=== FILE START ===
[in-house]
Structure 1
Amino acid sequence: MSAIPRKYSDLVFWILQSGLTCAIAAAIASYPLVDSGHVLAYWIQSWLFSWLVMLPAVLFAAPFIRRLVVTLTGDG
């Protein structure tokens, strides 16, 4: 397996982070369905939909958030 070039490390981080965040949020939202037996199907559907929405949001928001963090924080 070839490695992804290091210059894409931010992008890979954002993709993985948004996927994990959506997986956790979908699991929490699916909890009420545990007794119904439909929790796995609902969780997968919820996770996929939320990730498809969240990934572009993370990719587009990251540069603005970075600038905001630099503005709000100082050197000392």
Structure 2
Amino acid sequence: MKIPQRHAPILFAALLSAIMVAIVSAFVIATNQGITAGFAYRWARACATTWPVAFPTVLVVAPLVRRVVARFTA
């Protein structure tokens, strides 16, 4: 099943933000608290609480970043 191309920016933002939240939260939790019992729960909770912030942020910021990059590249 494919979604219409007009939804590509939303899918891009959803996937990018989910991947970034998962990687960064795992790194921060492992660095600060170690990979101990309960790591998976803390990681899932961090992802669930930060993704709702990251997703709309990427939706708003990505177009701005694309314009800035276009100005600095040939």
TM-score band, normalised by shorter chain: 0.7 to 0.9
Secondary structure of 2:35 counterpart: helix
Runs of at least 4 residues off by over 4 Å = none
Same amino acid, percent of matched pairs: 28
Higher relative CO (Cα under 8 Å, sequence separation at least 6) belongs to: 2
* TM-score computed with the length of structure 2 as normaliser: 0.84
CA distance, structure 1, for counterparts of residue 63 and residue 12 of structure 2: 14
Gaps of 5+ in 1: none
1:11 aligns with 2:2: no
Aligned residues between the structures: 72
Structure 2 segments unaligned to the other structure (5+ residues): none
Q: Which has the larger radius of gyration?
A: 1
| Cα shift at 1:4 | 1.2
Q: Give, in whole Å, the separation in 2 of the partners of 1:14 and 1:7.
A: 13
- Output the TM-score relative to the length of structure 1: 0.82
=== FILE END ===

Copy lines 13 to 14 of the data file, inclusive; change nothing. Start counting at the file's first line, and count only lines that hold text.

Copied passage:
* TM-score computed with the length of structure 2 as normaliser: 0.84
CA distance, structure 1, for counterparts of residue 63 and residue 12 of structure 2: 14